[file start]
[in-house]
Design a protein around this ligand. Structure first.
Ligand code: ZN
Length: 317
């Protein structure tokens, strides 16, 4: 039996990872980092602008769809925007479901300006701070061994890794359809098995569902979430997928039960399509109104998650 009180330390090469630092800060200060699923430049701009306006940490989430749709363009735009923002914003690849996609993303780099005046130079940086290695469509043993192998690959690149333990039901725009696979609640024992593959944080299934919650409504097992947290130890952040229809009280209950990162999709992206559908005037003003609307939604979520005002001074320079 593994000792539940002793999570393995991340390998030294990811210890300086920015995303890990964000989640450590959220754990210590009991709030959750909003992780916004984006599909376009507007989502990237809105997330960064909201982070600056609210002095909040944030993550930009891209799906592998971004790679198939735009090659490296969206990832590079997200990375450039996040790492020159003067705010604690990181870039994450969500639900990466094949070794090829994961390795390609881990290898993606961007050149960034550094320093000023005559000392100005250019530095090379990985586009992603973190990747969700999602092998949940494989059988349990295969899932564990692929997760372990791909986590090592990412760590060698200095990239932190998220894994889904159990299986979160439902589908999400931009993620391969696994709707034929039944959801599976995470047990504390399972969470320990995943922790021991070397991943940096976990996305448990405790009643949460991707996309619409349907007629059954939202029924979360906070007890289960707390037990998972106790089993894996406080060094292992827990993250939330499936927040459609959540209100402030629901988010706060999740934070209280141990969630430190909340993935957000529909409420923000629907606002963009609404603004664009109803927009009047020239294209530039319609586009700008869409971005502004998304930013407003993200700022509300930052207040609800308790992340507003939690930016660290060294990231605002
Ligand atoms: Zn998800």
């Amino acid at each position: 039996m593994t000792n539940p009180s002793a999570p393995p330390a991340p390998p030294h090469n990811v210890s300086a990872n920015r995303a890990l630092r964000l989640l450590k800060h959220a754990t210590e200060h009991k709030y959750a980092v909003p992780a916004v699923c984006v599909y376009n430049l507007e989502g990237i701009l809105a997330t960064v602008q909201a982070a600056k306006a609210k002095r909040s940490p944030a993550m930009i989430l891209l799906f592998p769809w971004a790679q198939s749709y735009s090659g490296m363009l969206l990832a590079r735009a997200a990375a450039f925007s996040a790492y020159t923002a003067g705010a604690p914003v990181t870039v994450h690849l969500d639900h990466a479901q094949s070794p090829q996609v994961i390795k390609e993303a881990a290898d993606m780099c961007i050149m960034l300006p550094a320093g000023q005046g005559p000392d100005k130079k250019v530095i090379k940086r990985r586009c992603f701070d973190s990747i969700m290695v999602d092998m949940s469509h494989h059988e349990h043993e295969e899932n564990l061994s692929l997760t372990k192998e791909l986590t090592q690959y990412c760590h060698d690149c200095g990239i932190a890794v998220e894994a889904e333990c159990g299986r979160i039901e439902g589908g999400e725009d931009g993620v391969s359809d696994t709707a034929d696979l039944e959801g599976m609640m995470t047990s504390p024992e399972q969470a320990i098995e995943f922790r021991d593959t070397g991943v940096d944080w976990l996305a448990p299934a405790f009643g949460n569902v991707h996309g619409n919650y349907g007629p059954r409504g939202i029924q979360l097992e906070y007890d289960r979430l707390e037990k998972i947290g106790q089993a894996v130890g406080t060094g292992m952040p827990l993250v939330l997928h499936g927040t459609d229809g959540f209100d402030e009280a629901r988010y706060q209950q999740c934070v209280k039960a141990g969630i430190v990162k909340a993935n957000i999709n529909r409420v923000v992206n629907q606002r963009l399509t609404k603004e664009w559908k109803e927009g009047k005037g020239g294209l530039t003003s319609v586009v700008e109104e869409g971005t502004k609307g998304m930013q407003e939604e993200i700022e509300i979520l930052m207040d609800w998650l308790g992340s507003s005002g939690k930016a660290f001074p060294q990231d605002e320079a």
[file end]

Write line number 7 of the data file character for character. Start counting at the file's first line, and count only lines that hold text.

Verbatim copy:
């Amino acid at each position: 039996m593994t000792n539940p009180s002793a999570p393995p330390a991340p390998p030294h090469n990811v210890s300086a990872n920015r995303a890990l630092r964000l989640l450590k800060h959220a754990t210590e200060h009991k709030y959750a980092v909003p992780a916004v699923c984006v599909y376009n430049l507007e989502g990237i701009l809105a997330t960064v602008q909201a982070a600056k306006a609210k002095r909040s940490p944030a993550m930009i989430l891209l799906f592998p769809w971004a790679q198939s749709y735009s090659g490296m363009l969206l990832a590079r735009a997200a990375a450039f925007s996040a790492y020159t923002a003067g705010a604690p914003v990181t870039v994450h690849l969500d639900h990466a479901q094949s070794p090829q996609v994961i390795k390609e993303a881990a290898d993606m780099c961007i050149m960034l300006p550094a320093g000023q005046g005559p000392d100005k130079k250019v530095i090379k940086r990985r586009c992603f701070d973190s990747i969700m290695v999602d092998m949940s469509h494989h059988e349990h043993e295969e899932n564990l061994s692929l997760t372990k192998e791909l986590t090592q690959y990412c760590h060698d690149c200095g990239i932190a890794v998220e894994a889904e333990c159990g299986r979160i039901e439902g589908g999400e725009d931009g993620v391969s359809d696994t709707a034929d696979l039944e959801g599976m609640m995470t047990s504390p024992e399972q969470a320990i098995e995943f922790r021991d593959t070397g991943v940096d944080w976990l996305a448990p299934a405790f009643g949460n569902v991707h996309g619409n919650y349907g007629p059954r409504g939202i029924q979360l097992e906070y007890d289960r979430l707390e037990k998972i947290g106790q089993a894996v130890g406080t060094g292992m952040p827990l993250v939330l997928h499936g927040t459609d229809g959540f209100d402030e009280a629901r988010y706060q209950q999740c934070v209280k039960a141990g969630i430190v990162k909340a993935n957000i999709n529909r409420v923000v992206n629907q606002r963009l399509t609404k603004e664009w559908k109803e927009g009047k005037g020239g294209l530039t003003s319609v586009v700008e109104e869409g971005t502004k609307g998304m930013q407003e939604e993200i700022e509300i979520l930052m207040d609800w998650l308790g992340s507003s005002g939690k930016a660290f001074p060294q990231d605002e320079a």